man in car texting while driving about to have an accident

Whenever a friend of mine from another state would visit me in Florida and I would grab my cell phone while driving, they would be shocked that we had no laws that outlawed cell phone use while driving. It really blew them away when I told them texting while driving wasn’t a primary offense either (you would have had to be pulled over for another offense to receive a violation for texting while driving). Well, all of that changed as of July 1, 2019.

Florida finally got up to speed (no pun intended) and passed a ban on texting while driving that has some teeth. It is now officially a violation to text and drive while your car is moving. And yes, of course, that includes emailing, messaging, snap chatting and anything else you will try to claim you were doing instead of texting. Basically, you can’t manually type anything on your phone while driving.

Now, interestingly enough, the law makes clear that all of these prohibitions are while your car is moving. Meaning, if you are stopped waiting for a train to go by, you are free to text away. Crazy, I know. Not crazy in the sense that if you have a foot on the brake, you’re not really driving because the car is not moving. But crazy in that it’s an enormous change from the current DUI law where you can get a DUI if you are in the backseat taking a nap with the keys in your pocket and the car turned off. But I digress.

You can still operate your phone for navigation, receive weather and emergency reports and of course, talk on the phone (as long as you’re not in a school or construction zone where workers are present in which case you need to be hands-free). I hope you see where this is going. What a mess.

So now an officer is going to have to pull you over and listen to your excuses, I mean explanations of all the things you were doing on your phone that are legal to cover up the fact that you were just doing something illegal on your phone. And to make things more complicated, an officer cannot take your phone to see what you were doing without a warrant. You absolutely have the right to refuse to turn over your phone to a police officer who does not have a warrant.

So where does that leave us? Well on the positive side, anything that gets people to put their phone down while they are driving will no doubt save lives and countless accidents. I’m all for that. The other positive is that between now and January, the police will only be giving out warnings. However, that’s where the positives end.

Because now there is a law that allows the police to pull you over and accuse you of texting while driving without actually having proof that you were texting and driving. They will have to prove it in court, however. Sadly, there will be cases where the police use this new law as a pretext for pulling people over simply because they can. I’d love to think that in 2019, we don’t have police that would do things like that, but I watch the news enough to know better.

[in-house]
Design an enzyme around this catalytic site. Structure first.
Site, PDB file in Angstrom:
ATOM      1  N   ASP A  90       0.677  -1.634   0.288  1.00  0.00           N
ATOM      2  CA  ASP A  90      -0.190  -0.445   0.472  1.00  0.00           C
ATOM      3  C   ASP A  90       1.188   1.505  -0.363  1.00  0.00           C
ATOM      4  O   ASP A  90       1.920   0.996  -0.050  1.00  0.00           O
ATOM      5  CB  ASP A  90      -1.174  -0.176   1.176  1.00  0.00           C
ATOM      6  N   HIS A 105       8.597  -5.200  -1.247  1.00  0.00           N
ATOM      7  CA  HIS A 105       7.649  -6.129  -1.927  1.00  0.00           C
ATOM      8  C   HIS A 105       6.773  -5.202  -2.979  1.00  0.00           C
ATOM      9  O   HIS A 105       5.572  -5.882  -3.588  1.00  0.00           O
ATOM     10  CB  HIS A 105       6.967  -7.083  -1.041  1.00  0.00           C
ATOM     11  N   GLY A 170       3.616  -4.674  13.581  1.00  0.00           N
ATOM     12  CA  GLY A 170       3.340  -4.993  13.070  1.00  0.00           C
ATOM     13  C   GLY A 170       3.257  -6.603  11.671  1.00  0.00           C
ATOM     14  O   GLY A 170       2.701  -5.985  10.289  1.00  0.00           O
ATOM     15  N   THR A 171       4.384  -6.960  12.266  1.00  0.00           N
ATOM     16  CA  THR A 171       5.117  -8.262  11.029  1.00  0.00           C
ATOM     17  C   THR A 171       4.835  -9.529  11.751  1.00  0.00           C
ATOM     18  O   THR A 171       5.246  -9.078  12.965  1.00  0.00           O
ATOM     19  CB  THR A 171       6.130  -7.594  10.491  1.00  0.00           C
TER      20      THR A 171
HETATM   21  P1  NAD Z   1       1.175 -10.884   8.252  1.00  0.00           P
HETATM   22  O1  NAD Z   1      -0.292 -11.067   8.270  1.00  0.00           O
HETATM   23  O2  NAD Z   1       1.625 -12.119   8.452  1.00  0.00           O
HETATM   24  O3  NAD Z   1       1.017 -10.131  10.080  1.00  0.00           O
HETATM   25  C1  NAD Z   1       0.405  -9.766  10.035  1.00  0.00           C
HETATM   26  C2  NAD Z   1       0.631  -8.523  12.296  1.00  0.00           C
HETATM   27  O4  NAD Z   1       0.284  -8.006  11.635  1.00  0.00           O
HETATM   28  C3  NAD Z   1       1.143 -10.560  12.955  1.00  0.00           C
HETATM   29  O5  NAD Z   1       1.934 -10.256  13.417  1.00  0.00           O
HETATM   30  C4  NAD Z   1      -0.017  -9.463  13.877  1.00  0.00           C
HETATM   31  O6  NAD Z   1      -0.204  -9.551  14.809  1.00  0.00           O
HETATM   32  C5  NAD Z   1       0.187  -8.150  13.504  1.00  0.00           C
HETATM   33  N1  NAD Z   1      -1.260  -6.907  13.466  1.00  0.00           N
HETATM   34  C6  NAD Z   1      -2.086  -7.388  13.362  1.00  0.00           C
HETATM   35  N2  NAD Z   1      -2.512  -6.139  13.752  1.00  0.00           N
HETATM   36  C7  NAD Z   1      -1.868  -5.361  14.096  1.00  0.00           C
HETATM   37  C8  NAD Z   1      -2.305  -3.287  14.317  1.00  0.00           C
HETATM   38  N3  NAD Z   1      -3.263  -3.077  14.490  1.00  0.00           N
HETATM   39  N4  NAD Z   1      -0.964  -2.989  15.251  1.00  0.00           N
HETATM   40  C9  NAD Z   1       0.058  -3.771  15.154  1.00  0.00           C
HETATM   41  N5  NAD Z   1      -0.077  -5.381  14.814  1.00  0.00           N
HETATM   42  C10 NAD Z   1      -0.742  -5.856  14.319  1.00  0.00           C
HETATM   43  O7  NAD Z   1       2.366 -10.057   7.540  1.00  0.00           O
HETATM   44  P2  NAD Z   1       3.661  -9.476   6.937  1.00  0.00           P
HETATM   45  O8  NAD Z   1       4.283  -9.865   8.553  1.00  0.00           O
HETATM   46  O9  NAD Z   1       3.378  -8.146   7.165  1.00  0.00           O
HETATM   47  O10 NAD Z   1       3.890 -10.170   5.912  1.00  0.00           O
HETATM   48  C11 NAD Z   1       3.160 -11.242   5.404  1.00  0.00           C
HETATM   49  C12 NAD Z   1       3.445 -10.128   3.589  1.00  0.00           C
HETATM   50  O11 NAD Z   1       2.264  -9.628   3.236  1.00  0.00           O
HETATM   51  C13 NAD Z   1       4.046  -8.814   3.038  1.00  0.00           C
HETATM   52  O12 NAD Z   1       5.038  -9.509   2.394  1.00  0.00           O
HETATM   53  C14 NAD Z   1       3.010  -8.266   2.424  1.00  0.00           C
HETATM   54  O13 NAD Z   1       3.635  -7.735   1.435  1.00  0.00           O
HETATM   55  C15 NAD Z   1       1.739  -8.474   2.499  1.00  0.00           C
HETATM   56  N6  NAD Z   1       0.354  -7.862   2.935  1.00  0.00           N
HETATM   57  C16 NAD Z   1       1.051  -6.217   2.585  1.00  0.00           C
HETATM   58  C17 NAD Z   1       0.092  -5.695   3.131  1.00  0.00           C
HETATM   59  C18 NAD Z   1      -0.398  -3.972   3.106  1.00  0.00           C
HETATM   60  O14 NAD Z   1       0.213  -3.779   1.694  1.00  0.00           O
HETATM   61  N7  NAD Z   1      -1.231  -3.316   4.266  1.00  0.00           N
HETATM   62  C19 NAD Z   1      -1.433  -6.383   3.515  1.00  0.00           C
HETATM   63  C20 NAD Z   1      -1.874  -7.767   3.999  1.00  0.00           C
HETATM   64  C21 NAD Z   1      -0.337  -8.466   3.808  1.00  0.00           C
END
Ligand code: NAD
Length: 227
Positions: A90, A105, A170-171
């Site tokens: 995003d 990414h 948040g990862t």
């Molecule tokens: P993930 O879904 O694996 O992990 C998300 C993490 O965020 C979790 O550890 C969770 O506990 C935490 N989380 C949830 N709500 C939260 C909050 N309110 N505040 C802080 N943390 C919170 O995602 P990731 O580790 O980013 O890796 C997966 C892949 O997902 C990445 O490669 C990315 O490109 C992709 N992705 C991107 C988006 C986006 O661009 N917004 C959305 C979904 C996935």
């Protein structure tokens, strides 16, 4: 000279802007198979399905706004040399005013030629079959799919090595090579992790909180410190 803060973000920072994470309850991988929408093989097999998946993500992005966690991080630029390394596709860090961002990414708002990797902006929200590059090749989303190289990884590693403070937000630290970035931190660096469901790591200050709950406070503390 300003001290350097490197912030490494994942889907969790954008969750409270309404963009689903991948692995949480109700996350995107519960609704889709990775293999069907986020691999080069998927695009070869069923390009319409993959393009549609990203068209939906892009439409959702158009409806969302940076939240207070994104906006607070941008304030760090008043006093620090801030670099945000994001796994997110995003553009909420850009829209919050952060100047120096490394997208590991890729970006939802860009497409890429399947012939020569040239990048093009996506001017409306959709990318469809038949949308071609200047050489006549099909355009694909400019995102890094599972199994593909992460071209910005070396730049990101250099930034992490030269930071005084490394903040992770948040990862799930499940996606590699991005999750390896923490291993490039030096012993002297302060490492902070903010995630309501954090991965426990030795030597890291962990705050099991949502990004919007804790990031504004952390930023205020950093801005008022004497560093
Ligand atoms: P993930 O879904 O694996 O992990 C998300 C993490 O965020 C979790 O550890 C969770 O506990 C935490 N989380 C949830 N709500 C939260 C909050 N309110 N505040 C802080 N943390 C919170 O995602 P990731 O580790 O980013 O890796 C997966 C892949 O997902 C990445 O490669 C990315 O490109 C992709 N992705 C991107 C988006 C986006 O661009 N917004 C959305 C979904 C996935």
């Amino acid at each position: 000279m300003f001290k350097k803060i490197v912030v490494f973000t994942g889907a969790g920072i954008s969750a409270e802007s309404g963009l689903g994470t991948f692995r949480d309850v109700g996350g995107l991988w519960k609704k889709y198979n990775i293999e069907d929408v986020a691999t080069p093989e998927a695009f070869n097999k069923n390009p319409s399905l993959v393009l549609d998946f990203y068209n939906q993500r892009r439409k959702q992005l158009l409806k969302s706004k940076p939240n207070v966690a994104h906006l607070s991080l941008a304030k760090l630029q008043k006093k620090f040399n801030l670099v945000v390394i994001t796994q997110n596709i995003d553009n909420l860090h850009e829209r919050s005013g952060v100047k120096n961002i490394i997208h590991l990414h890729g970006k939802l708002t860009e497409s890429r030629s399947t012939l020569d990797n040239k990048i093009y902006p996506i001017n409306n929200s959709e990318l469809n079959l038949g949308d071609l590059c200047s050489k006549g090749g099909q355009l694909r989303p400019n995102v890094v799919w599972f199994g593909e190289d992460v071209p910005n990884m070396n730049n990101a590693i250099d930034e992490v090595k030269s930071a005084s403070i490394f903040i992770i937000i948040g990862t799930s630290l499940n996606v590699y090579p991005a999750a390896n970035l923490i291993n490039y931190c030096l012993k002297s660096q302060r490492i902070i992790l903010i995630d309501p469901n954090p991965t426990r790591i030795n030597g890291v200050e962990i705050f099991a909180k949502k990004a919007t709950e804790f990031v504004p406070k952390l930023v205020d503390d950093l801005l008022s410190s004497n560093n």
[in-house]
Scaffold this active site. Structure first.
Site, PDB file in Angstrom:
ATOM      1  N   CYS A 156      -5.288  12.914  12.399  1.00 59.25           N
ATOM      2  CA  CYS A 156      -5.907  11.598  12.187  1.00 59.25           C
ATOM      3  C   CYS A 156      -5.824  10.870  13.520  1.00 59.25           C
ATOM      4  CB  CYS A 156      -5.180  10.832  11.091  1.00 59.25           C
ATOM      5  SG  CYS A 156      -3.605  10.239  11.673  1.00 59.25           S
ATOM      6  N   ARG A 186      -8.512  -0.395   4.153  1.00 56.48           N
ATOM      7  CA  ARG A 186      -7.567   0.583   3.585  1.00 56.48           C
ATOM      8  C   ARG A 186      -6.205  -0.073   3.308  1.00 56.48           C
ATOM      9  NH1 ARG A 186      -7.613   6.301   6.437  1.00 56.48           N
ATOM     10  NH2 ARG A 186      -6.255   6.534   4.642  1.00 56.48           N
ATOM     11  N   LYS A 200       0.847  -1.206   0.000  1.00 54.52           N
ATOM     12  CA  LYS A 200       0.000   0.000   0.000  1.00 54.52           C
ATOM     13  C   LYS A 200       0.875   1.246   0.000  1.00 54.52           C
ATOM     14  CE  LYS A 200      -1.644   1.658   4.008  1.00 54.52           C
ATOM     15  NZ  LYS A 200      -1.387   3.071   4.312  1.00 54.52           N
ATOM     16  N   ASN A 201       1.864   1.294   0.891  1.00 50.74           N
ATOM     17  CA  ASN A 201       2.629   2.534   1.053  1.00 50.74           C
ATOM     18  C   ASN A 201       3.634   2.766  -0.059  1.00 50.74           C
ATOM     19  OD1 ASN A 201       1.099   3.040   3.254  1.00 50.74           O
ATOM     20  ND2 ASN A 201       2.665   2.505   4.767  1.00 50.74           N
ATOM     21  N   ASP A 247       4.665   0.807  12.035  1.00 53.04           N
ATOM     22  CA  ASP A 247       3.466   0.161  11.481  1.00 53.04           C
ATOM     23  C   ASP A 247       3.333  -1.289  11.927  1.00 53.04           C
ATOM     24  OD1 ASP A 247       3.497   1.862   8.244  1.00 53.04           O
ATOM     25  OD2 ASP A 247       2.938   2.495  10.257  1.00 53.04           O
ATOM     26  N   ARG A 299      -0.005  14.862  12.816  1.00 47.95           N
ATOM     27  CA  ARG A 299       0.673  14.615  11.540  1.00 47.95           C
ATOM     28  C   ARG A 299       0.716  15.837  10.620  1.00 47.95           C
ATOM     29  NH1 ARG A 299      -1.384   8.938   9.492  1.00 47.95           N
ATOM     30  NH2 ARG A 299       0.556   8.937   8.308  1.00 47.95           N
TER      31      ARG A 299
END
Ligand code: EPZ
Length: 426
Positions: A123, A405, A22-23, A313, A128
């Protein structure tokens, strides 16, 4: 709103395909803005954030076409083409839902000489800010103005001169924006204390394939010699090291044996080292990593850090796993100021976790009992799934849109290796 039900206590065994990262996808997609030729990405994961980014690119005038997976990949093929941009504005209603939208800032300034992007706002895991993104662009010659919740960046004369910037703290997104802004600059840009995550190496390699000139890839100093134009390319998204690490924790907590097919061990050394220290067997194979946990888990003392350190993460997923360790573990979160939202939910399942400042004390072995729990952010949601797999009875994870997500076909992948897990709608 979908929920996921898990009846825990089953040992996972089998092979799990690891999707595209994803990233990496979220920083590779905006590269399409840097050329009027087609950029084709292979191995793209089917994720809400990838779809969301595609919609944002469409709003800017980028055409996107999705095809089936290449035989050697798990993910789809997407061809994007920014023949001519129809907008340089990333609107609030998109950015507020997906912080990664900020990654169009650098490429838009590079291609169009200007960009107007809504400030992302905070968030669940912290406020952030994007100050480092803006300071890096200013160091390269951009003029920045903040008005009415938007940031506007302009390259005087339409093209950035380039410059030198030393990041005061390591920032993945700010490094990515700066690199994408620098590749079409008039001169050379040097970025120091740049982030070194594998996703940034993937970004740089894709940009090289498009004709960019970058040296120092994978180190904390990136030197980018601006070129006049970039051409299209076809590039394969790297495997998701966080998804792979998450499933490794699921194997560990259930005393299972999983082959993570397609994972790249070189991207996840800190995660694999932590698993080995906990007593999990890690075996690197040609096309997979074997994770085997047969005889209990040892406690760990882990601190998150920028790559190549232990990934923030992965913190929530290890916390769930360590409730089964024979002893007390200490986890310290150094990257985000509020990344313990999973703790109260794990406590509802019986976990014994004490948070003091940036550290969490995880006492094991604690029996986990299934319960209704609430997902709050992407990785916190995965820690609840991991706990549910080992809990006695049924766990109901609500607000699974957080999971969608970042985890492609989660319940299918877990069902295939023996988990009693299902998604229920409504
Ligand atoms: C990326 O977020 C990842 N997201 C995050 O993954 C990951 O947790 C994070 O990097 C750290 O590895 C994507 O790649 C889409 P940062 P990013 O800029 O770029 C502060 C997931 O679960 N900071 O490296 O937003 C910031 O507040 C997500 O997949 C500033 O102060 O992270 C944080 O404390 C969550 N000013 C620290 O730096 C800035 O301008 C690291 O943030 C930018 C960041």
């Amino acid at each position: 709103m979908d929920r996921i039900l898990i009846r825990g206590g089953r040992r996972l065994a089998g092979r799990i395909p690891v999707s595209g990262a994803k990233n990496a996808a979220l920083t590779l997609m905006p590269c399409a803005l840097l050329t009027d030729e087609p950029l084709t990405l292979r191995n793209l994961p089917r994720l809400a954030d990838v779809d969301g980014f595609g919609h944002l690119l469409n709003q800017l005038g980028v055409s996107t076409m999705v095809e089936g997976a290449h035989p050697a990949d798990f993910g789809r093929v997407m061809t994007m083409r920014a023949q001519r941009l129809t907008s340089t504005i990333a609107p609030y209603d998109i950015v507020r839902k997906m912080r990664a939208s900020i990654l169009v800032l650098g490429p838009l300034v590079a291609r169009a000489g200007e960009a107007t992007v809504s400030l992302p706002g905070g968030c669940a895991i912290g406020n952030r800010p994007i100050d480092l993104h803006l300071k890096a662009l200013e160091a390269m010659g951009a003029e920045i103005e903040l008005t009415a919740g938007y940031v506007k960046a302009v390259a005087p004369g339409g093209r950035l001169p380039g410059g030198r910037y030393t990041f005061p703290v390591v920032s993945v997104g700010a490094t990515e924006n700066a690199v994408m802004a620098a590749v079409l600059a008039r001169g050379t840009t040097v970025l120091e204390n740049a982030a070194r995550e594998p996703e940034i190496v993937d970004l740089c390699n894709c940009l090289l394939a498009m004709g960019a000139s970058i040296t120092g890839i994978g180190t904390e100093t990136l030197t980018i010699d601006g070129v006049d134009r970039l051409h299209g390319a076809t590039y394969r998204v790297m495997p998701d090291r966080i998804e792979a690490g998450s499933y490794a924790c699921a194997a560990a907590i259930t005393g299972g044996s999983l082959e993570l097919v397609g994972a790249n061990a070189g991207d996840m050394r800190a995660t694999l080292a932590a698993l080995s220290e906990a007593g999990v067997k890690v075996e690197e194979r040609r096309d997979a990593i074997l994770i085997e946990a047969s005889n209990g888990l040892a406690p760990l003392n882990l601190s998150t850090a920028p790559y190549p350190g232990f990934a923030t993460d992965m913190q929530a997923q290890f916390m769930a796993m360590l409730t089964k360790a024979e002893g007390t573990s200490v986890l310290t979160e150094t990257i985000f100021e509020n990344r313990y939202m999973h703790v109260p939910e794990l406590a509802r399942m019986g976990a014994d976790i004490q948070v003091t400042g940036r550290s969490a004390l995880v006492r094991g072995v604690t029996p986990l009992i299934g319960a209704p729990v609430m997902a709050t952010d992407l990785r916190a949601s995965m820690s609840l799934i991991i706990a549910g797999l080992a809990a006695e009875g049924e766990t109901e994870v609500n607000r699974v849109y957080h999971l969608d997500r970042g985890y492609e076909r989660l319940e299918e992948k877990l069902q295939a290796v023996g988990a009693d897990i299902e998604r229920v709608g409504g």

If you get pulled over after December, the fine will be $30 and a point will be put your license if you pay it the first time. If you’re caught again in the next 5 years, the fine goes up to $60 and 3 points will be put on your license. Obviously, before you do anything, you should give us a call at 866-374-8355. We’ve been helping Florida drivers avoid points and fines for over 25 years and handled over a million tickets. Just to be safe, reach out to us when you’re not driving.

Frustrated woman wo did not pay traffic ticket on time

One of the most frequent questions we are asked is from panic-stricken clients who call us with fear dripping from their voices. They ask, “What happens if I miss the deadline to pay a ticket?” Well, we’re happy to say the world doesn’t end. However, missing a deadline is not good and will eventually result in negative consequences.   But all is not lost.

Depending on how badly you missed your deadline, you can still fight the ticket.  It just may cost a little more.

All the options you had initially: 1. Pay the ticket and take the points. 2. Pay the ticket and go to traffic school, or 3. Fight the ticket — may still available to you depending on the county.  Most Florida counties will still work with you up to 180 days after the date of incident.

Better than that, you still have time to hire a traffic ticket attorney to fight on your behalf. Who, if he or she does their job right, can usually get the best possible outcome. No Fines, No Points, and No Court Costs.

Remember, traffic citations are big business in Florida. The state wants you to pay the traffic ticket without making a fuss. They’re happy taking your money within 30 days or, even better, the higher amount for a late payment.

Just because the “deadline” for paying a ticket has passed, don’t let the higher amount scare you into paying and running without thinking through your options.

What you absolutely have to remember if you haven’t paid the ticket by the due date is that you MUST TAKE ACTION IMMEDIATELY. The worst thing to do is continue ignoring it. If you do, a simple speeding traffic ticket turns into a major headache. Here’s how:  

By doing nothing, the state will eventually suspend your driver’s license. That could actually result in your getting arrested. If you are stopped by police for any reason and they find that you have a suspended license you can be thrown in jail.